This brings us to the chorus:
And if you'd took to me like
A gull takes to the wind
Well, I'd-a jumped from my tree
And I'd-a danced like the king of the eyesores
And the rest of our lives would-a fared well
Here the speaker is admitting that the relationships he has with his town and his "dear" have had issues from the beginning. Because they weren't natural like a "gull taking to the wind," they started out imperfectly.
The speaker "jumping from [his] tree" may refer to the idiom to "look down on" someone or something. The speaker might be acknowledging that he has certain pretensions he wishes his relationship had helped him get over. If this had happened, he could have come to the ground and danced "like the king of the eyesores" because he wouldn't have felt stupid and self-conscious about it. Unfortunately, none of this happened, and lives that may have "fared well" aren't going to end as well as the speaker wishes they could.
After the first chorus ends, the speaker begins referring to a "you" that we can reasonably assume to be the significant other mentioned in the first verse. He says the following to her:
New slang when you notice the stripes,
the dirt in your fries.
Hope it's right when you die,
old and bony.
With "stripes" and "dirt in your fries," the speaker is referring to all the things in the world that aren't immediately apparent, but bother you once you notice them. He is telling his lover that he hopes that she doesn't have to see all the problems with their town and lives that he does. So, even though mentioning someone dying may seem kind of harsh, the speaker is really saying that he hopes the girl doesn't get tired and fed up with her life until it doesn't really matter anymore. It's kind of a sweet sentiment. However, you could also argue that him wanting to break up with someone but not wanting her to realize why it needs to happen is a little cruel.
There's also the phrase "new slang," which is interesting for more reasons than just that it's the song's title. Slang is a word or phrase that isn't official in a language, often because it's not polite, but sometimes just because it's been invented to better describe something within a group or community.
With that in mind, "slang" seems to link closely with the "curse" Mercer talks about in the first verse of this song—think of "curse words." Because the speaker hopes that his lover doesn't see bad things in life until her life is almost over, maybe he also hopes she doesn't have to create "new slang" as he created a new "curse" when he admitted his unhappiness. What do you think "new slang" means?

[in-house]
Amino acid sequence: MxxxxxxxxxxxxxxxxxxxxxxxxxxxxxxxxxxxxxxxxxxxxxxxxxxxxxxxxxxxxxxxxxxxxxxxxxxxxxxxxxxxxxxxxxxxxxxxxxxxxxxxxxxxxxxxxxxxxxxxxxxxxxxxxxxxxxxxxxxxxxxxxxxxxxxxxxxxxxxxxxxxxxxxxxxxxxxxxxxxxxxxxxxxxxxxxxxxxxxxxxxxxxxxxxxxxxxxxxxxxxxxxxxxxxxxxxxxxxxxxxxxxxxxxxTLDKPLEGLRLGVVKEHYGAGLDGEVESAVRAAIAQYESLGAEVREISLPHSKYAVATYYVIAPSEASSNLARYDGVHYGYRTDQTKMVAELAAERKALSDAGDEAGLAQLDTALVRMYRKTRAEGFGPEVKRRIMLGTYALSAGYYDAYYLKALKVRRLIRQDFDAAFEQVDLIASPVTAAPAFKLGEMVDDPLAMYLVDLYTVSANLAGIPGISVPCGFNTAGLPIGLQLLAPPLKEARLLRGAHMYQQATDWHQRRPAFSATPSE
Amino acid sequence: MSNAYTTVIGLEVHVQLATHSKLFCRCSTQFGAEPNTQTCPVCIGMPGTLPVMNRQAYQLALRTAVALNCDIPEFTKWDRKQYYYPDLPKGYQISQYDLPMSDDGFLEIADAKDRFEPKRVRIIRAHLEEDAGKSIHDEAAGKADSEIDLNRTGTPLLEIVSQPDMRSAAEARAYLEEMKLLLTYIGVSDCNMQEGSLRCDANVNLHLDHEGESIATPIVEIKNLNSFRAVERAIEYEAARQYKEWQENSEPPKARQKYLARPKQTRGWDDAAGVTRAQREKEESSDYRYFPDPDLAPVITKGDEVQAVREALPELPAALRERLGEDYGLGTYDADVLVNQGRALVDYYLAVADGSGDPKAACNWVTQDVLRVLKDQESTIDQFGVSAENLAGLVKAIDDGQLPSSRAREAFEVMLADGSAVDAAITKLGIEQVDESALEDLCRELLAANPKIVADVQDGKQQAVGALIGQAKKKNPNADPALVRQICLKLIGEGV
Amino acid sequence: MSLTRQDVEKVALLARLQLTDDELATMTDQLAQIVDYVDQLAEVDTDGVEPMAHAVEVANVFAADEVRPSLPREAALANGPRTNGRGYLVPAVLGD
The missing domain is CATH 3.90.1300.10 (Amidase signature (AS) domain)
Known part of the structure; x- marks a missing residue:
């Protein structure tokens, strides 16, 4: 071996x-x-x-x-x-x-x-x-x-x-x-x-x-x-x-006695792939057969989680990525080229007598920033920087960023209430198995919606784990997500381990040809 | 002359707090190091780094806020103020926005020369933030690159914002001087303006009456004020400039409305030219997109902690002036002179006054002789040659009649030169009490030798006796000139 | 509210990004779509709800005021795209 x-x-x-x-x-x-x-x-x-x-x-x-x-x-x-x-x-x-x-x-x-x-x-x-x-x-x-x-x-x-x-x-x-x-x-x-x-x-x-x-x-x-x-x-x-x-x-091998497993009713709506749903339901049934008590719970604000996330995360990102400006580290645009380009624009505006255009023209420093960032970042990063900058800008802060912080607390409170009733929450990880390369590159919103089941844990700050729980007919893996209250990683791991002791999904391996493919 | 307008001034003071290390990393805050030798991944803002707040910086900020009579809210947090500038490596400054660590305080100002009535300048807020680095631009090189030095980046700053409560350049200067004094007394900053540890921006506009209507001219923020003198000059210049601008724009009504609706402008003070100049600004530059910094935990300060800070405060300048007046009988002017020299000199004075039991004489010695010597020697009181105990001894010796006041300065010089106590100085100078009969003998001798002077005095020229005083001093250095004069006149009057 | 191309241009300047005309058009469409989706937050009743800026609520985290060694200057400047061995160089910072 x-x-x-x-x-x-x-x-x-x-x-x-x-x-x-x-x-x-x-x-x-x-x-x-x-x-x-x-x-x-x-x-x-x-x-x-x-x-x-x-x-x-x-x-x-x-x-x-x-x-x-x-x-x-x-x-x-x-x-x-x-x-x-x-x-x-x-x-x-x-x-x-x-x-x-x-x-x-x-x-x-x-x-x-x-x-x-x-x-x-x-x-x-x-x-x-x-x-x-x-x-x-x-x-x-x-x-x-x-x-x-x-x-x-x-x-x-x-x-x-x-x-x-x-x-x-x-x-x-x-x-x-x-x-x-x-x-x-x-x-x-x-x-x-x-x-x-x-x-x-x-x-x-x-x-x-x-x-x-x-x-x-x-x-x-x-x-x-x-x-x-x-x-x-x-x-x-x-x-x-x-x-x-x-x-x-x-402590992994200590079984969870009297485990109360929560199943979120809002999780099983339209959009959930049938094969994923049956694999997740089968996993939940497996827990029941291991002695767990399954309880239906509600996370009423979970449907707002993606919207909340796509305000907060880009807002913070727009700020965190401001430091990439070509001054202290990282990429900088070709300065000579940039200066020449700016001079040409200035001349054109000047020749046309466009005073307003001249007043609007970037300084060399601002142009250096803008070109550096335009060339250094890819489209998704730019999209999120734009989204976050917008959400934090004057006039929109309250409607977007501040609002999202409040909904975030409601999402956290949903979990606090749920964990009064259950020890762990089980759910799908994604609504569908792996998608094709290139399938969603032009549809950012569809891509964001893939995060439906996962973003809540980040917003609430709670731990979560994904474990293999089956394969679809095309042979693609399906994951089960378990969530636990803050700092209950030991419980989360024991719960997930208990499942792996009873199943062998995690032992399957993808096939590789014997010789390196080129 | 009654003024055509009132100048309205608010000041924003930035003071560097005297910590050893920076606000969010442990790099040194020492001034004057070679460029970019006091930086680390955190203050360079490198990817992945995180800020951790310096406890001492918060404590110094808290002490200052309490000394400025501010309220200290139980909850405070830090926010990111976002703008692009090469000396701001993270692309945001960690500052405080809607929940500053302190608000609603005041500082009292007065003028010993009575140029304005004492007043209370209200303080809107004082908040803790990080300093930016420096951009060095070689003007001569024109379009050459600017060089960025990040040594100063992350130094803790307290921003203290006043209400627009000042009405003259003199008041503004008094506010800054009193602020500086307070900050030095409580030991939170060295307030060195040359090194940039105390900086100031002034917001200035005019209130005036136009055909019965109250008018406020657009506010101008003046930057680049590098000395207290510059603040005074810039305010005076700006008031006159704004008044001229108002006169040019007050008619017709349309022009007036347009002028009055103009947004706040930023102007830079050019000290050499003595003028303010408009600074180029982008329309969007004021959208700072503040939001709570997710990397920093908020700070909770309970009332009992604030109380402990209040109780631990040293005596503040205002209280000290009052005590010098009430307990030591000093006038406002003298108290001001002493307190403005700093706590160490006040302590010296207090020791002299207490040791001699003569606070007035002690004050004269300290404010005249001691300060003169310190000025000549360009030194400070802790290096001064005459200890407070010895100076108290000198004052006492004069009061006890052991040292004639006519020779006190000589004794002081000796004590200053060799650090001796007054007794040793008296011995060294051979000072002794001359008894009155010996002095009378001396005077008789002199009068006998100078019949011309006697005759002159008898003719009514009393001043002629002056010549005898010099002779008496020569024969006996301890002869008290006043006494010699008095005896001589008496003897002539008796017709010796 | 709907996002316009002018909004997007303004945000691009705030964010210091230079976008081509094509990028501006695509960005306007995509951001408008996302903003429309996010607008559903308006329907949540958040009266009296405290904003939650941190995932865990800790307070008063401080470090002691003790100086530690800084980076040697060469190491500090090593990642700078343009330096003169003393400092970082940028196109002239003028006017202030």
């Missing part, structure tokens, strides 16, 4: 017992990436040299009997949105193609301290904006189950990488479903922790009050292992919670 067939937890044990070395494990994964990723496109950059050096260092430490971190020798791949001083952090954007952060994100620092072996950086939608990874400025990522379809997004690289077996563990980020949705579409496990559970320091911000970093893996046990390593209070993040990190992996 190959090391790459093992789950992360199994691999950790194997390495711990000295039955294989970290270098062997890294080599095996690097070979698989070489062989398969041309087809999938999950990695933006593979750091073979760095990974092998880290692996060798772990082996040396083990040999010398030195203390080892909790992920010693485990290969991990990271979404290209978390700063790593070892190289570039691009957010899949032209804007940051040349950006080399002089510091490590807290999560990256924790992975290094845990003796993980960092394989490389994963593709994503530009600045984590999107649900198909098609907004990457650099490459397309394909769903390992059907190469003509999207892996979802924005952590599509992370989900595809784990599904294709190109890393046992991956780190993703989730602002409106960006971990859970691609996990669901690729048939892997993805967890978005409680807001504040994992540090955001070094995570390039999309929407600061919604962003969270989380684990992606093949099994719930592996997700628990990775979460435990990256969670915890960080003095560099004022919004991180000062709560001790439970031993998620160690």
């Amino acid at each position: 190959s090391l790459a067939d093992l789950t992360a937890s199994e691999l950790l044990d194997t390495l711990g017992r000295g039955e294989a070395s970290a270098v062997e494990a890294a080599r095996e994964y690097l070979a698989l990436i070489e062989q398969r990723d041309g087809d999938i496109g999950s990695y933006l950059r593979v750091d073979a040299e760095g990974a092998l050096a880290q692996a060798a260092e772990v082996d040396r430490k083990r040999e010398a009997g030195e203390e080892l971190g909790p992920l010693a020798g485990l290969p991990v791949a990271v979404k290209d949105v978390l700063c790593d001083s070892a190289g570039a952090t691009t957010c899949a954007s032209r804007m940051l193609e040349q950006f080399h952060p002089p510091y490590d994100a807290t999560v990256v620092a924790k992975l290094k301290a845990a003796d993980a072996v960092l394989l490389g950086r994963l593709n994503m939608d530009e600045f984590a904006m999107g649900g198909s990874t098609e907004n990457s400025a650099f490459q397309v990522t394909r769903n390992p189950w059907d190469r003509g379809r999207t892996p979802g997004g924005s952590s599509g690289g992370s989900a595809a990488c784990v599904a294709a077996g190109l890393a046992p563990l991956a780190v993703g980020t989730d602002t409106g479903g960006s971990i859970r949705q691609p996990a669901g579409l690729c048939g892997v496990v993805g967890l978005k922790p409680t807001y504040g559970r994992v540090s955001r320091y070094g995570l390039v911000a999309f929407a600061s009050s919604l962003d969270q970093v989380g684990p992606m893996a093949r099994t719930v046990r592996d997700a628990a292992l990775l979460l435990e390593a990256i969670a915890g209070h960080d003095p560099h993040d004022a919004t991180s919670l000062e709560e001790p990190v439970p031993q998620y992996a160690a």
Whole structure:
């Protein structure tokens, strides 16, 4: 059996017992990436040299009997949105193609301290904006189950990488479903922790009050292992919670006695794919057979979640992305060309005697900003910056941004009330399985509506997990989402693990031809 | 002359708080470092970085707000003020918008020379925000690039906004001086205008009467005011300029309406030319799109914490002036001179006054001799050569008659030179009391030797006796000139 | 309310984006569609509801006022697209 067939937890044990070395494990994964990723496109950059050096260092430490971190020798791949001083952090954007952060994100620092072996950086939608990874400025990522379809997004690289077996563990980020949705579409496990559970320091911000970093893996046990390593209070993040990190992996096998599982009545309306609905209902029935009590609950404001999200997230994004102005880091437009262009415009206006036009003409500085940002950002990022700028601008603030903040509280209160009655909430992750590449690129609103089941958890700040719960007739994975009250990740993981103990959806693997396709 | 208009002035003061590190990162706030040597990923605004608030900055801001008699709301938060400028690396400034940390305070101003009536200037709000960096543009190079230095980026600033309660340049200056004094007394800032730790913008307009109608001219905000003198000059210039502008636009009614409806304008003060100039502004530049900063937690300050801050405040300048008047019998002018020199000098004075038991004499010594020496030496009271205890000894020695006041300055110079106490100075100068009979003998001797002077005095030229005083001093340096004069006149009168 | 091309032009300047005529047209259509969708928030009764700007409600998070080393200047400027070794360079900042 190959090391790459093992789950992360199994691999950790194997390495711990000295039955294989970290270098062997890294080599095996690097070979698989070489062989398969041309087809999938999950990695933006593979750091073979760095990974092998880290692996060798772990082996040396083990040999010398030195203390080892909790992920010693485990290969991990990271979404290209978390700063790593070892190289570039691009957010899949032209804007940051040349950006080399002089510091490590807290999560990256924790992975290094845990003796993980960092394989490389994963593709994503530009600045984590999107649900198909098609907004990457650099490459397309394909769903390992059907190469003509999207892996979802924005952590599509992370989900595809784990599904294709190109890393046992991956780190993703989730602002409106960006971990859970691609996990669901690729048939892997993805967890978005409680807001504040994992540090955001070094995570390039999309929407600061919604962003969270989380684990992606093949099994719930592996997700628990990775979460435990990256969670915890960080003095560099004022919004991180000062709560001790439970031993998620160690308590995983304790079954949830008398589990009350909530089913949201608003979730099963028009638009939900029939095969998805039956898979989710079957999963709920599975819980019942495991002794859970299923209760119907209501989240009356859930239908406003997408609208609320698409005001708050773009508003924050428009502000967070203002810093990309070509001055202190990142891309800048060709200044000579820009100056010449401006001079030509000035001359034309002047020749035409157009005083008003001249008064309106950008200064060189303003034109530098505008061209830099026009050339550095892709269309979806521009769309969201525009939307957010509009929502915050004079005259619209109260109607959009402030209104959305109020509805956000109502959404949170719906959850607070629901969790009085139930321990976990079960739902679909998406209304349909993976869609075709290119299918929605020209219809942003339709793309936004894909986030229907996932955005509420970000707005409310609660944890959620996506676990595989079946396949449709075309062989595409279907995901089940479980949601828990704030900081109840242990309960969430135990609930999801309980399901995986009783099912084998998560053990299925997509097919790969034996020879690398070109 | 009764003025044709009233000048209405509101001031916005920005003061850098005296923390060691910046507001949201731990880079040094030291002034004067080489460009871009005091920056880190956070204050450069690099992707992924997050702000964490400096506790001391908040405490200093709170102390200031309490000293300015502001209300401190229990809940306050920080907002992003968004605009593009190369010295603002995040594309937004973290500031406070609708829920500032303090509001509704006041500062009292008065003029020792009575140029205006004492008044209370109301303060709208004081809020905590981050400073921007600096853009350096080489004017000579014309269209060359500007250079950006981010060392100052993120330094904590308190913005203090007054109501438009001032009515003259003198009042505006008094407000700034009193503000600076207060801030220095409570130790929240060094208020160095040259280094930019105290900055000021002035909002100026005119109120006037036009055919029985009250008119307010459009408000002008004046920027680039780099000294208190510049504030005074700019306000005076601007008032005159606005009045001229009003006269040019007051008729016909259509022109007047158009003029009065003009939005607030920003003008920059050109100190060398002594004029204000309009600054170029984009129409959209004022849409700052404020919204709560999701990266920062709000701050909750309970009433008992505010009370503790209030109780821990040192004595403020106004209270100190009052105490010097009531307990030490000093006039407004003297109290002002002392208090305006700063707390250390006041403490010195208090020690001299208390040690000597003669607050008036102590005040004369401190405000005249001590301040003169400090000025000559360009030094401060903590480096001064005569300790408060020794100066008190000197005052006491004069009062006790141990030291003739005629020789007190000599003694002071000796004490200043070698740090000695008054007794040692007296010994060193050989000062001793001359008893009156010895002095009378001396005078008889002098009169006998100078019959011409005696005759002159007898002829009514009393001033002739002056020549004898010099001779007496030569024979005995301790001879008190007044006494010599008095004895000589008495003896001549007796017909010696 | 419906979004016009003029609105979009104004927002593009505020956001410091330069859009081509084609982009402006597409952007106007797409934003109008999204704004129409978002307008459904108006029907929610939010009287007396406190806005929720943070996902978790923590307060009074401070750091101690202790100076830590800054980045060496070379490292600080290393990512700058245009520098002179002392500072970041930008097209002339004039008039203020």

The next lyrics open with an image of a new beginning ("Dawn breaks…"), but also with an image of destruction ("…like a bull through the hall"). This may symbolize the chaotic entry into a new phase of life that the speaker is experiencing. In this verse, the speaker also mentions being lonely. These uneasy feelings cause him to make a call he regrets. The regret probably comes from his not wanting to put his issues on anyone else, not wanting them to have to deal with the dirt he's found in his fries.
After another chorus, the song comes to the part which is probably most difficult to make sense of:
Godspeed all the bakers at dawn,
may they all cut their thumbs
and bleed into their buns 'til they melt away.
We think we have a pretty reasonable idea though, so follow us on this one. When a baker makes buns, he is creating something of his very own. This could be a metaphor for how a person creates his or her life. The speaker may be feeling angry that he's having to deal with all of his doubt and fear as his current life crumbles.
What helps when we feel bad about something? Having something or someone to relate to...maybe like some people feel about "New Slang." The speaker in this song hopes that these bakers hurt themselves while making their fresh buns and then have to watch their creations disappear because of an accident they caused. That way he's not the only one who has to deal with a lot of time and effort going to waste.
The final chorus changes things up a bit, but stays within the same lines. The speaker worries that he can't start his new life because he's "too dumb to refine." A worry that's pretty expected given his other emotions.
It's pretty amazing how much symbolism Mercer packed into this four-minute song. When first hearing it, the images might seem like disconnected, pretty things put to a catchy tune. As with all good pieces of writing, however, almost nothing is placed in it without purpose.